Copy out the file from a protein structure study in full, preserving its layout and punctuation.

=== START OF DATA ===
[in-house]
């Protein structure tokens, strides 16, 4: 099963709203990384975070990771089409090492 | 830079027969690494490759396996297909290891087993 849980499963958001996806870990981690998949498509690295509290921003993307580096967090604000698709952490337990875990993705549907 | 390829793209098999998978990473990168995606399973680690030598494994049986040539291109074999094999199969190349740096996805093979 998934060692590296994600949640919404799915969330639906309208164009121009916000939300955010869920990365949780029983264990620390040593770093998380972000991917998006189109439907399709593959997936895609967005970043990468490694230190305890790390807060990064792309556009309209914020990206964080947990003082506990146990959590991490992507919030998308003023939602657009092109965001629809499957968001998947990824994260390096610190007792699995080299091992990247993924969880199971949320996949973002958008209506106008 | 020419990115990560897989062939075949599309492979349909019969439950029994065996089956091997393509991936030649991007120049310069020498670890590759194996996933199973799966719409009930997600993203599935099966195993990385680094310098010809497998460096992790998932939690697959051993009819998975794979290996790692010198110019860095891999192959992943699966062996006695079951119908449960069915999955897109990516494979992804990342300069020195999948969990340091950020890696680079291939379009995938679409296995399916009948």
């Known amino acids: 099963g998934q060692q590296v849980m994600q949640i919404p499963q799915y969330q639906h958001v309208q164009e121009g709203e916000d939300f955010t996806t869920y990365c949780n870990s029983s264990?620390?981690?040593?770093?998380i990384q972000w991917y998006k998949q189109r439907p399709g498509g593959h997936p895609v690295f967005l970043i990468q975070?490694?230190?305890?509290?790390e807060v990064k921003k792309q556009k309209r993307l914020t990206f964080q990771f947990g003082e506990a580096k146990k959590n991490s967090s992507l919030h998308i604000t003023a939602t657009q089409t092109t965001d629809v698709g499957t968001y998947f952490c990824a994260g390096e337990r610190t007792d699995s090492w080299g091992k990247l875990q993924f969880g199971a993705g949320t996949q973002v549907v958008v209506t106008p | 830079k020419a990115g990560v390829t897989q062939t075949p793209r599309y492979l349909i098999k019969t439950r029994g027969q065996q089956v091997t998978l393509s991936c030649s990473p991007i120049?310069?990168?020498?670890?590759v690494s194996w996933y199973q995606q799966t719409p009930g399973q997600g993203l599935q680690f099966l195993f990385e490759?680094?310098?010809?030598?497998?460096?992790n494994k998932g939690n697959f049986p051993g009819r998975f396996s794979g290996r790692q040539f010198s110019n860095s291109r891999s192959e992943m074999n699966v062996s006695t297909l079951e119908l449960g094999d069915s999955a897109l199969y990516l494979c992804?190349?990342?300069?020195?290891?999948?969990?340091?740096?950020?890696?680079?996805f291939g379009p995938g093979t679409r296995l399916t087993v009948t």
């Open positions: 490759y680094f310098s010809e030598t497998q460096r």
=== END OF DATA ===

[in-house]
């Protein structure tokens, strides 16, 4: 099963709203990384975070990771089409090492 | 830079027969690494490759396996297909290891087993 849980499963958001996806870990981690998949498509690295509290921003993307580096967090604000698709952490337990875990993705549907 | 390829793209098999998978990473990168995606399973680690030598494994049986040539291109074999094999199969190349740096996805093979 998934060692590296994600949640919404799915969330639906309208164009121009916000939300955010869920990365949780029983264990620390040593770093998380972000991917998006189109439907399709593959997936895609967005970043990468490694230190305890790390807060990064792309556009309209914020990206964080947990003082506990146990959590991490992507919030998308003023939602657009092109965001629809499957968001998947990824994260390096610190007792699995080299091992990247993924969880199971949320996949973002958008209506106008 | 020419990115990560897989062939075949599309492979349909019969439950029994065996089956091997393509991936030649991007120049310069020498670890590759194996996933199973799966719409009930997600993203599935099966195993990385680094310098010809497998460096992790998932939690697959051993009819998975794979290996790692010198110019860095891999192959992943699966062996006695079951119908449960069915999955897109990516494979992804990342300069020195999948969990340091950020890696680079291939379009995938679409296995399916009948």
């Known amino acids: 099963g998934q060692q590296v849980m994600q949640i919404p499963q799915y969330q639906h958001v309208q164009e121009g709203e916000d939300f955010t996806t869920y990365c949780n870990s029983s264990?620390?981690?040593?770093?998380i990384q972000w991917y998006k998949q189109r439907p399709g498509g593959h997936p895609v690295f967005l970043i990468q975070?490694?230190?305890?509290?790390e807060v990064k921003k792309q556009k309209r993307l914020t990206f964080q990771f947990g003082e506990a580096k146990k959590n991490s967090s992507l919030h998308i604000t003023a939602t657009q089409t092109t965001d629809v698709g499957t968001y998947f952490c990824a994260g390096e337990r610190t007792d699995s090492w080299g091992k990247l875990q993924f969880g199971a993705g949320t996949q973002v549907v958008v209506t106008p | 830079k020419a990115g990560v390829t897989q062939t075949p793209r599309y492979l349909i098999k019969t439950r029994g027969q065996q089956v091997t998978l393509s991936c030649s990473p991007i120049?310069?990168?020498?670890?590759v690494s194996w996933y199973q995606q799966t719409p009930g399973q997600g993203l599935q680690f099966l195993f990385e490759?680094?310098?010809?030598?497998?460096?992790n494994k998932g939690n697959f049986p051993g009819r998975f396996s794979g290996r790692q040539f010198s110019n860095s291109r891999s192959e992943m074999n699966v062996s006695t297909l079951e119908l449960g094999d069915s999955a897109l199969y990516l494979c992804?190349?990342?300069?020195?290891?999948?969990?340091?740096?950020?890696?680079?996805f291939g379009p995938g093979t679409r296995l399916t087993v009948t």
């Open positions: 490759y680094f310098s010809e030598t497998q460096r």